Sunday Drive

My poor MR2 has been taking a bit of a back seat recently, which is slightly ironic as it doesn’t have any back seats… These days most of my Sunday mornings are taken up with mountain biking, so the MR2 only gets used if I’m driving somewhere and don’t need to take a bike or Owen with me. However this weekend both my bikes were broken, awaiting parts to be delivered to fix them, so I decided to take the MR2 out for a blat!

I had been thinking of driving to the Elan Valley in Wales, somewhere I have wanted to check out for a while, but I didn’t really have time before family duties kicked in again in the afternoon. So instead I kept it fairly local, the first part of my route to the Elan Valley started in Alcester, so I decided to drive there – taking the fun way of course! Coming out of Balsall Common, I ended up following an MGTF for a while. Back in 2005, the MGTF would have been one of the main competitors to the MR2 Roadster, I imagine that road tests in magazines would rate the handling and driving dynamics of the MR2, but that the MGTF would ultimately win out due to being more practical. I’m certainly glad I bought the MR2 though!

I continued cross country to Wooten Wawen, where I picked up the B4089 to Alcester. This is one of my favourite local(ish) roads, and it was great to have a clean run at it. The road has both corners and gradient changes in abundance – the sort of road where the MR2 shines! From Alcester I joined the A422 towards Worcester. I’d only ever driven this road in Jen’s Fiat 500 enroute to the Pistonheads Sunday Service at the Morgan factory after the MR2 had a tyre blowout the previous day, so the 500 was promoted to show car. I had wanted to return in the MR2 ever since.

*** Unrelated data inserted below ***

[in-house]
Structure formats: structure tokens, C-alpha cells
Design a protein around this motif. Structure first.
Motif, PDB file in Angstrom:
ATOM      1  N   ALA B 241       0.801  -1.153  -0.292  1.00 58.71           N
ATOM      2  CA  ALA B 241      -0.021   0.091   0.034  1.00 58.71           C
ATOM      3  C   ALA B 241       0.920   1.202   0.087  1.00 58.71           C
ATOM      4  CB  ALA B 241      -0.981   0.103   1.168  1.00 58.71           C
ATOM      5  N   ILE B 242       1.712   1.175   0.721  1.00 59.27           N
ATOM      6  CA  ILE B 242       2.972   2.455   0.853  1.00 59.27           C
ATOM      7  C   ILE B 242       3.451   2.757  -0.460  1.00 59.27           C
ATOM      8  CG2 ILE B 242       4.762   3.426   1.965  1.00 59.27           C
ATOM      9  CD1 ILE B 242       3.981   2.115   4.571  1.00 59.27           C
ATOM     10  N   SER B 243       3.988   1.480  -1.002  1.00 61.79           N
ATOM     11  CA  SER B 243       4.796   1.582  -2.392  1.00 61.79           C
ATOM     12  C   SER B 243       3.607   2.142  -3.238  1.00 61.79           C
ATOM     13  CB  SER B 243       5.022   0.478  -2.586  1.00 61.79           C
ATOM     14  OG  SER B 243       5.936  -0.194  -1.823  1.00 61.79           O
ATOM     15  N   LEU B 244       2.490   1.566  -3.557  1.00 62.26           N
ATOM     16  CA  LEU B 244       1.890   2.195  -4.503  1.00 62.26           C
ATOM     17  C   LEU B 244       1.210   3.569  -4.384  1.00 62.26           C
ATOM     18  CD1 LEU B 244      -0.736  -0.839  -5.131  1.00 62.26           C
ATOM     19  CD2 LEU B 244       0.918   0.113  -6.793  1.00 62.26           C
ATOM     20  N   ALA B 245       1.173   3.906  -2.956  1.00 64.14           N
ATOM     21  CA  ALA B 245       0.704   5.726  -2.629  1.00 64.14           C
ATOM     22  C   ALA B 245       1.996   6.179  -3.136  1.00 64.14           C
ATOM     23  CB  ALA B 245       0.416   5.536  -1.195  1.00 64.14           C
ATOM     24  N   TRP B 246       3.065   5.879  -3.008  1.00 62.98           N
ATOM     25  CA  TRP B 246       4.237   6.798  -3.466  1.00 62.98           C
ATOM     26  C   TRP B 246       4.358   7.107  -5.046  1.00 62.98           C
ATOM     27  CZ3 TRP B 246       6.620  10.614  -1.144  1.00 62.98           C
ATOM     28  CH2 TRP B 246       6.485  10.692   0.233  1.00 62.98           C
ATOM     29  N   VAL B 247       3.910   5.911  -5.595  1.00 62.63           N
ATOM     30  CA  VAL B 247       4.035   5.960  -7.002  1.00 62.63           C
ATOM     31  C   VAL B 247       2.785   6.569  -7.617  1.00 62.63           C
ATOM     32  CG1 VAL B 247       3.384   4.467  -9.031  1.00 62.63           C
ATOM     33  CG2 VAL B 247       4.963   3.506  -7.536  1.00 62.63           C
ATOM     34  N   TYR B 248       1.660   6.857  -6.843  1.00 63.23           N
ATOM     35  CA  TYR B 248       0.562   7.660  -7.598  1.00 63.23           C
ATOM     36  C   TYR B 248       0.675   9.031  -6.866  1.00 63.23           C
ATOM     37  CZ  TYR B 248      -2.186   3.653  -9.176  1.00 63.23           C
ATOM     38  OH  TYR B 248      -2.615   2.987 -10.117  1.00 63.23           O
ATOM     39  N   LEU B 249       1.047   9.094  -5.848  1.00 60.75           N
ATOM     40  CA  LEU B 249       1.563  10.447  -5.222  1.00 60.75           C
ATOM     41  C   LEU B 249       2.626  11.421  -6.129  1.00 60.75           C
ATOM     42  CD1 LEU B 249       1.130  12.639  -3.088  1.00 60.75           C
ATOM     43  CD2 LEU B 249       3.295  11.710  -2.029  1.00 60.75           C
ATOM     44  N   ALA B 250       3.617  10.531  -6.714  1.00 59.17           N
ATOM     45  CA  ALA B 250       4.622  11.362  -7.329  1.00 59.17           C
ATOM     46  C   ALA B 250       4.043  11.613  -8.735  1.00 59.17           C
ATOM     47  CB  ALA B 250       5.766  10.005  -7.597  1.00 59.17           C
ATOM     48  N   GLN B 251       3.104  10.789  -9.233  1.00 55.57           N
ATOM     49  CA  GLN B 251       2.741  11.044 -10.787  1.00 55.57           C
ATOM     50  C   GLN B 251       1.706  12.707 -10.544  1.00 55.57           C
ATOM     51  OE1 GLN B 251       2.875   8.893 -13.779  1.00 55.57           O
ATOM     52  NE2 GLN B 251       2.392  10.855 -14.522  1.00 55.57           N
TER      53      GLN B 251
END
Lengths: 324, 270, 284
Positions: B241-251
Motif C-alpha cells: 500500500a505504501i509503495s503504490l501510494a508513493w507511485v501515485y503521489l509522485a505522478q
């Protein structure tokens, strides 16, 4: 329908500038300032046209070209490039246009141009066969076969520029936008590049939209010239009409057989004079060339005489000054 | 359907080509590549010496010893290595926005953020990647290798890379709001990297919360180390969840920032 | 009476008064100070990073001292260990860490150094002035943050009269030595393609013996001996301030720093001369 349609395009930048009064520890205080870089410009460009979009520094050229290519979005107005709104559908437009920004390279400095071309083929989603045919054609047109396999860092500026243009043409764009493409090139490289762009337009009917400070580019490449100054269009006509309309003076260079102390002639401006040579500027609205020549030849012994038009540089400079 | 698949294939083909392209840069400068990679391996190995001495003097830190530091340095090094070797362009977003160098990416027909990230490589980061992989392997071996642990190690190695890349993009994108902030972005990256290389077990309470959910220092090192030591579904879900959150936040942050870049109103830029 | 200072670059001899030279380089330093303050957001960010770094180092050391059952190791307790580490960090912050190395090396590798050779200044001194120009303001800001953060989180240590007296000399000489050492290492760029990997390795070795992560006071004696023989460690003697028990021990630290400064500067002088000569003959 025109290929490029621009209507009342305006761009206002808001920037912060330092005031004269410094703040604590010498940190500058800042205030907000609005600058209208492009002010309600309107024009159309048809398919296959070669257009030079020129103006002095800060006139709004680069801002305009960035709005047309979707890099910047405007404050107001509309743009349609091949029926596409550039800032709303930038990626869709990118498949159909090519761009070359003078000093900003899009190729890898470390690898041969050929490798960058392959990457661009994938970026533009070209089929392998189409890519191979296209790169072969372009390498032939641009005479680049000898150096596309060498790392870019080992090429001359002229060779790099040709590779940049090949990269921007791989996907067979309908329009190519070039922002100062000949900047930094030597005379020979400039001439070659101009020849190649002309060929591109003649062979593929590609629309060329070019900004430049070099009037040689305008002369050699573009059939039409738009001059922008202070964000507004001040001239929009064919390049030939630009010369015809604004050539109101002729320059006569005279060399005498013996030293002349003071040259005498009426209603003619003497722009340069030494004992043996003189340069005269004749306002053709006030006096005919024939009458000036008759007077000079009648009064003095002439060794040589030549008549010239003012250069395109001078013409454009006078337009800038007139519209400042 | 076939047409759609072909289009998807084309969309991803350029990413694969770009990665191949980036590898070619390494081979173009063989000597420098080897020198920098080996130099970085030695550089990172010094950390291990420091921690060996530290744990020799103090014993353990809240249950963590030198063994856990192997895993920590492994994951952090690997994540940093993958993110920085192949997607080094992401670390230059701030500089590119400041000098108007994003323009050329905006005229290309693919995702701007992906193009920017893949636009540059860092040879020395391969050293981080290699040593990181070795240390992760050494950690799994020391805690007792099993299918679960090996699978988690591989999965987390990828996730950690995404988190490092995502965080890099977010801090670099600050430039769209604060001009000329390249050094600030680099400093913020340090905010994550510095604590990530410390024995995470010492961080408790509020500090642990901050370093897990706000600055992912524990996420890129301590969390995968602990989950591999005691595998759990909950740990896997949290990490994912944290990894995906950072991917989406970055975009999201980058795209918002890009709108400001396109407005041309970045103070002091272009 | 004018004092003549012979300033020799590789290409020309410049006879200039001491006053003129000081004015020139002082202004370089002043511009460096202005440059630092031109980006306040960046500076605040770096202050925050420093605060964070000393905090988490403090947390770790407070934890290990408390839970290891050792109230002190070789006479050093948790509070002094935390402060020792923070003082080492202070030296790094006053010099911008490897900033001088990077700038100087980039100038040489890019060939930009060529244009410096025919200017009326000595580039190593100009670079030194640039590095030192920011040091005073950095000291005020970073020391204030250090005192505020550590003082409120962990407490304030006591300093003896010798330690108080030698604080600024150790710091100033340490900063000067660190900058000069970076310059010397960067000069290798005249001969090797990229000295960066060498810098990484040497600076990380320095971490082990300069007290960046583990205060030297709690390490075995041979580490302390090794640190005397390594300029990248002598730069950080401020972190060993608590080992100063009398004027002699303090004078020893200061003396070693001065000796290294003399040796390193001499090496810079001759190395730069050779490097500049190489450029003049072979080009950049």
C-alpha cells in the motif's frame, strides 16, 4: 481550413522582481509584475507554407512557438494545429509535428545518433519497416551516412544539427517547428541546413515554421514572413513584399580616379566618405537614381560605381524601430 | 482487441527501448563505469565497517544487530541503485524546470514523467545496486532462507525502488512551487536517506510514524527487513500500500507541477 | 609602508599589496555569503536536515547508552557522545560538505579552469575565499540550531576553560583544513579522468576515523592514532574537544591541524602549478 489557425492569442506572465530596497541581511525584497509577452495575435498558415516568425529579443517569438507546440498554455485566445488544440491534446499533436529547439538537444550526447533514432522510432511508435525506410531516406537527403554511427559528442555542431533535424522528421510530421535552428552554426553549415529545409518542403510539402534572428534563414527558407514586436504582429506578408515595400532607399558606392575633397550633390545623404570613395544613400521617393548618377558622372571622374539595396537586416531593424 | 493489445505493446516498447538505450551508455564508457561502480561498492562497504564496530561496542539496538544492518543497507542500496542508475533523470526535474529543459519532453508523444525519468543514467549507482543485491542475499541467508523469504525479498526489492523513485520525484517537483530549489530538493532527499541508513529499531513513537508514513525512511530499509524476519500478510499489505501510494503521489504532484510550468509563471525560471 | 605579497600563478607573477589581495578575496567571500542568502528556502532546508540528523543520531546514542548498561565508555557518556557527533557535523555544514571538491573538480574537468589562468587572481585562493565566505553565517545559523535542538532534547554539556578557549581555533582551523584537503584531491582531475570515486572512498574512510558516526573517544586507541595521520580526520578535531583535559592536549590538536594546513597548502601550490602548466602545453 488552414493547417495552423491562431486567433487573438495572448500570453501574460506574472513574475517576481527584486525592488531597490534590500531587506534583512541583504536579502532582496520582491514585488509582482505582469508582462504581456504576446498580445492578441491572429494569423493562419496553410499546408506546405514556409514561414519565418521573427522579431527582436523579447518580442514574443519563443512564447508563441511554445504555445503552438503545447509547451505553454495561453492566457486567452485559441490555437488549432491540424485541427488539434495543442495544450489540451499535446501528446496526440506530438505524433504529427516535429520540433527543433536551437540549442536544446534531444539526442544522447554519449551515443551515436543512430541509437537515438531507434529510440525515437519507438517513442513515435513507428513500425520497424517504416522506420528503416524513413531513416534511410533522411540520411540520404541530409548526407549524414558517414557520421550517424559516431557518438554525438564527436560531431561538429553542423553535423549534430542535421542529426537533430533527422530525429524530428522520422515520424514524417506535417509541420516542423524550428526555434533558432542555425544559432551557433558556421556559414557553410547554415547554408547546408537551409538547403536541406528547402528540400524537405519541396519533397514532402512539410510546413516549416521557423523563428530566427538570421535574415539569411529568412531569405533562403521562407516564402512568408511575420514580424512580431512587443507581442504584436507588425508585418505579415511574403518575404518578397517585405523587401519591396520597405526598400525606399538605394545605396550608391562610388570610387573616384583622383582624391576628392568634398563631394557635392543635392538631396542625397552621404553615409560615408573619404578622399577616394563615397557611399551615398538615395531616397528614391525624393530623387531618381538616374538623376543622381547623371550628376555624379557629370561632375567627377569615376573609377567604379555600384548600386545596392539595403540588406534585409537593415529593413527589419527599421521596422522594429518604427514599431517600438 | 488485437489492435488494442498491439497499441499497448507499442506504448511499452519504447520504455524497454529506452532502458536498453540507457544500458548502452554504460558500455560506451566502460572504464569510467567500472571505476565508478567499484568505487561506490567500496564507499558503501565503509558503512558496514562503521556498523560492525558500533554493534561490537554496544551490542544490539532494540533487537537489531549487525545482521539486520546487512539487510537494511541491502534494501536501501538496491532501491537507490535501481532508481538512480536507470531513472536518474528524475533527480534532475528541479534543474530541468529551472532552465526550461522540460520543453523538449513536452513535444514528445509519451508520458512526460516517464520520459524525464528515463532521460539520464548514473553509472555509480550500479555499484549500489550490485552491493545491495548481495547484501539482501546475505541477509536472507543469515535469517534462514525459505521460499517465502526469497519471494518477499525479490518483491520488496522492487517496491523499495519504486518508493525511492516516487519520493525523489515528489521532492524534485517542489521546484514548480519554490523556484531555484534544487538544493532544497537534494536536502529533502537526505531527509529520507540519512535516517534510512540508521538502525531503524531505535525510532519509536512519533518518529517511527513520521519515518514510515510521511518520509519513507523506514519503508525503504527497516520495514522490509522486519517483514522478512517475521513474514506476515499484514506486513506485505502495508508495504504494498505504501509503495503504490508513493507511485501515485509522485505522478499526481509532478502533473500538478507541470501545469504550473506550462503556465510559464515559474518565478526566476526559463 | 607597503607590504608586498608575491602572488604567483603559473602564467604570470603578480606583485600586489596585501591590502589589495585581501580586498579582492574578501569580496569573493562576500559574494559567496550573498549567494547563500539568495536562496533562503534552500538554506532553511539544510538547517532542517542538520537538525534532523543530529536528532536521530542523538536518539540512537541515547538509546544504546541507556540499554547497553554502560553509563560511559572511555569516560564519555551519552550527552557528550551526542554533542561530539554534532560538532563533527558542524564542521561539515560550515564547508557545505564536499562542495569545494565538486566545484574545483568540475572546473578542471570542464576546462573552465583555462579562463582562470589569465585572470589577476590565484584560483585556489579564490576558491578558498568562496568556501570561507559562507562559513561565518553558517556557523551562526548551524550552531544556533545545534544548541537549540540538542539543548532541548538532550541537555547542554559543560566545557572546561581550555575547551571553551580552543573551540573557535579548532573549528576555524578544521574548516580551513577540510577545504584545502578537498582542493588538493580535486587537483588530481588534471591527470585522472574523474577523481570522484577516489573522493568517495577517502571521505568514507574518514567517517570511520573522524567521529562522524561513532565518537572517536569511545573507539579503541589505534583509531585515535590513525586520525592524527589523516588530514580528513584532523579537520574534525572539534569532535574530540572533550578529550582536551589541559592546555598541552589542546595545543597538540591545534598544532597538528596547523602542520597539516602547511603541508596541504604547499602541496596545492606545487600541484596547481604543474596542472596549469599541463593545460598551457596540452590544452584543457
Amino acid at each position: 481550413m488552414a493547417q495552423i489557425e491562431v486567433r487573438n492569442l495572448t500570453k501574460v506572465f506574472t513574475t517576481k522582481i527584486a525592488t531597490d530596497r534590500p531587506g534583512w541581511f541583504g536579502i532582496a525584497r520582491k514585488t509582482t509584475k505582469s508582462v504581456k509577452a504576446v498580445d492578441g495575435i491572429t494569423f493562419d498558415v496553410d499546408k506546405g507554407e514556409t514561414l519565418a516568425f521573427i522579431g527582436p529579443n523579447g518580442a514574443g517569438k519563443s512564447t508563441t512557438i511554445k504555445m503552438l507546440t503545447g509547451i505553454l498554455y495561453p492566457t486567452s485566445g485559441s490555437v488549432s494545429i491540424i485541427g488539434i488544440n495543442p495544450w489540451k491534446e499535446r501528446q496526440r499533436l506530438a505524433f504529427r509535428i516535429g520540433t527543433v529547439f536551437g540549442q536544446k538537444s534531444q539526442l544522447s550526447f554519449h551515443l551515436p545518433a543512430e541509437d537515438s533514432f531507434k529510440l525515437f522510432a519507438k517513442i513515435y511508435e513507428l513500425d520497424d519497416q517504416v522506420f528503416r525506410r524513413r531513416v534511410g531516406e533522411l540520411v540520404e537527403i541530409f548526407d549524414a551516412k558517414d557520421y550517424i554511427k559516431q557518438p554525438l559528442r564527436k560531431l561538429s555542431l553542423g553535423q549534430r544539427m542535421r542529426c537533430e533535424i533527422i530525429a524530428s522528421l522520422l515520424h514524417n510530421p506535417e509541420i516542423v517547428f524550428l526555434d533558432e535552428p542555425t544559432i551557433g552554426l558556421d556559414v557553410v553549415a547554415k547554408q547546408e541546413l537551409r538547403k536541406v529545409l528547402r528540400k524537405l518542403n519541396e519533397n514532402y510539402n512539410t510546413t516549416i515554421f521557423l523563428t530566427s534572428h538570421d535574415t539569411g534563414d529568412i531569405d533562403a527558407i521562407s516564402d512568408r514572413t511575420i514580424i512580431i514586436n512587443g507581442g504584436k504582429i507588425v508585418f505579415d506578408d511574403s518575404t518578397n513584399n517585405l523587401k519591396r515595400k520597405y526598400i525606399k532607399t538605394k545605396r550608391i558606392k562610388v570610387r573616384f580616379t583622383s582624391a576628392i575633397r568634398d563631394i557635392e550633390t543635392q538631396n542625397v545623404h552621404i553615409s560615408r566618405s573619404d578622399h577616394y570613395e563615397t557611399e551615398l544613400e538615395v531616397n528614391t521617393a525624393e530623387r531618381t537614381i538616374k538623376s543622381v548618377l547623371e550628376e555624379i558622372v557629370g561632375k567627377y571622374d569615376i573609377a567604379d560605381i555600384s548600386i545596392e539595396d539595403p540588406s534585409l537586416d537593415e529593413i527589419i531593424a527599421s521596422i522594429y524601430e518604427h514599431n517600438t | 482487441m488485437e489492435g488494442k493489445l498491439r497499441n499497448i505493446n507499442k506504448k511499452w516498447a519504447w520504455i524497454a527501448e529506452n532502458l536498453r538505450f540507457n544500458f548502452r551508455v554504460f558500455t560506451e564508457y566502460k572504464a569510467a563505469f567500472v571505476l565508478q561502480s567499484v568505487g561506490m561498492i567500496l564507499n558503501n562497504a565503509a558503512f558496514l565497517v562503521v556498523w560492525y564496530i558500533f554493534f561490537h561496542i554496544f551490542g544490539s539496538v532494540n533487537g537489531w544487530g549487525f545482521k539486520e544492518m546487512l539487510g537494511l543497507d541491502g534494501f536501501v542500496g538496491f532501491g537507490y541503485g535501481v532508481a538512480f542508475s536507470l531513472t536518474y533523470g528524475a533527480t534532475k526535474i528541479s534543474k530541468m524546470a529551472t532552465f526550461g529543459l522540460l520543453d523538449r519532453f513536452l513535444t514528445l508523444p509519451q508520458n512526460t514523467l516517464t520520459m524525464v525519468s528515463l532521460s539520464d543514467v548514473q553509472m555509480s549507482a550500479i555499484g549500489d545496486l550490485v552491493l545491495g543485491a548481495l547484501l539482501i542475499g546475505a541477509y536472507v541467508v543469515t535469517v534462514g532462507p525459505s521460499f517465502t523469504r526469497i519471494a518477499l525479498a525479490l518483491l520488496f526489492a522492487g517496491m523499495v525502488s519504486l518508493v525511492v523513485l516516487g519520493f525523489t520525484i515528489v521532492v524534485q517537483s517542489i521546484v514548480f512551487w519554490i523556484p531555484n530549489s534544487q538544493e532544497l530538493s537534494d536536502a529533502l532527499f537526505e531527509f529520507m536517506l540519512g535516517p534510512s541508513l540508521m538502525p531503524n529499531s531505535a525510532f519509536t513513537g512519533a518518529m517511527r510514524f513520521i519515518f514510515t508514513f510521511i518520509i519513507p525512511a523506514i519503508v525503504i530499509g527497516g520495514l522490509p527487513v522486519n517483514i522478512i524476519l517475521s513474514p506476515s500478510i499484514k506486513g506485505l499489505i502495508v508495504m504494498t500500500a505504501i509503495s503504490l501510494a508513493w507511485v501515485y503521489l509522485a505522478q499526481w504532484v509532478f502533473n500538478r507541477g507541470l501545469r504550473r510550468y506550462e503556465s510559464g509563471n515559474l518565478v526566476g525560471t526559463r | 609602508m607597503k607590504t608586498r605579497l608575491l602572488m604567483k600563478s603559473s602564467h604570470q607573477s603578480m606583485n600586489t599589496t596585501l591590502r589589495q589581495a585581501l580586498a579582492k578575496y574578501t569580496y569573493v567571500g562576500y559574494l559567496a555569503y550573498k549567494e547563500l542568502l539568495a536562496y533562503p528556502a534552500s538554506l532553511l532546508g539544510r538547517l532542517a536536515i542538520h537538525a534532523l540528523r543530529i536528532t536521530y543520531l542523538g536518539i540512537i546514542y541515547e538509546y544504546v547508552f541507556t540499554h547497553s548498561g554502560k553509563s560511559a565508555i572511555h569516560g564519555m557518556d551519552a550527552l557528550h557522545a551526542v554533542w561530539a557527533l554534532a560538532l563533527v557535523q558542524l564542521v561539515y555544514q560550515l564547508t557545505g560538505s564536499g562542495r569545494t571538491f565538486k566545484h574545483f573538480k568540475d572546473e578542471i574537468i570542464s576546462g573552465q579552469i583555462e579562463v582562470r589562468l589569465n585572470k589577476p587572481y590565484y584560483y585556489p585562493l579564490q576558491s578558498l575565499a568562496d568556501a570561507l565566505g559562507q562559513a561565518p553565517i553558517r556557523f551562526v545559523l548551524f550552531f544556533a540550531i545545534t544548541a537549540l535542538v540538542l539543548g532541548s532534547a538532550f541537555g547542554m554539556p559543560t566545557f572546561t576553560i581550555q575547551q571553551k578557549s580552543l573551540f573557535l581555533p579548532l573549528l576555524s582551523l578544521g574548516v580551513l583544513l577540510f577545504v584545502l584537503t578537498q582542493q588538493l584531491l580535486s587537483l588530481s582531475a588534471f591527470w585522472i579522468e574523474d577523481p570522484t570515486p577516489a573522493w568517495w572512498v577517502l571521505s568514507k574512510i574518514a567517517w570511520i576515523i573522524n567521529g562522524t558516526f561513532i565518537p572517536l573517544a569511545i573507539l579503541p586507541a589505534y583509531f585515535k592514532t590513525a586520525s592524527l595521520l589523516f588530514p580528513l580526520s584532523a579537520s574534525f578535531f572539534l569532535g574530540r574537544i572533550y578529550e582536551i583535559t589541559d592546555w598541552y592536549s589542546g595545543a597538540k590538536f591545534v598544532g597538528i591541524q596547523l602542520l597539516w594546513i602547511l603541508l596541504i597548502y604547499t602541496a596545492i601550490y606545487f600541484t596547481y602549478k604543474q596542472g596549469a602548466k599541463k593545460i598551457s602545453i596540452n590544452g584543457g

The A422 did not disappoint! Starting off with great views over the farmland on both sides of the valley, then progressing through pretty villages as it snaked towards Worcester. I enjoyed this section of road so much that I decided to turn round and drive it again! Unfortunately the traffic had picked up by this point, especially the Lycra clad road cyclists, so I stopped for some photos, and took a detour off the main road, towards Redditch. After a while I started to recognise some roads from when Jen and I hired a classic Fiat 500 on our first wedding anniversary and pointed the MR2 back in the direction of Coventry. With the roads now busier, and the sun already beating down on me, the pace slowed and I enjoyed the sensations of being out in an open top car, cruising though the beautiful Warwickshire Countryside on a warm summers morning!

I was only out for less than two hours, covering ninety miles, so I had plenty of time left to work on my bike and wrangle Owen whilst Jen ran some errands. Whilst getting caught up in mountain biking I had forgotten just how much I enjoy an early morning hoon in a sports car. Plans are currently being made for that trip to the Elan Valley before the summer is out!

Exploring the Basque Country with Basque MTB

If you’ve seen my Instagram stories over the last few days, you’ve probably noticed that I am in Spain. I’m on holiday in San Sebastian for a few days (full blog post to follow), but managed to sneak in a day riding with Basque MTB. For the avoidance of doubt, the holiday was organised before I heard about Basque MTB and that they offer some of the best trail riding in the world. However, when I did hear, I had to work out how to ride it!

Doug from BasqueMTB managed to squeeze me in for a day with a group booking. It turned out that the group was a Dubai based mountain bike club, who were on their annual European mountain bike holiday. There was also another chap on holiday with his family, sneaking in an day riding. There were eight riders, two guides and two drivers for the uplift vans, so a decent crew!

Before we set off we were given the option of a coastal ride, which would have been repeating trails for the main group, or spending an hour in the van driving out towards Pamplona for some longer trails. I wasn’t fussed either way, but the guys didn’t want to repeat trails, so off we went in the van.

The skies had looked overcast all morning, as the road climbed I was expecting the van to break through the clouds, but just as we pulled into the car park to the south west of Baraibar the clouds parted and we got our first glimpse of blue sky! My steed for the day was an Orbea Occam, which is the next level of bike up from my Orange Four. With Fox suspension and Shimano XT groupset it did feel pretty familiar, despite the extra suspension travel.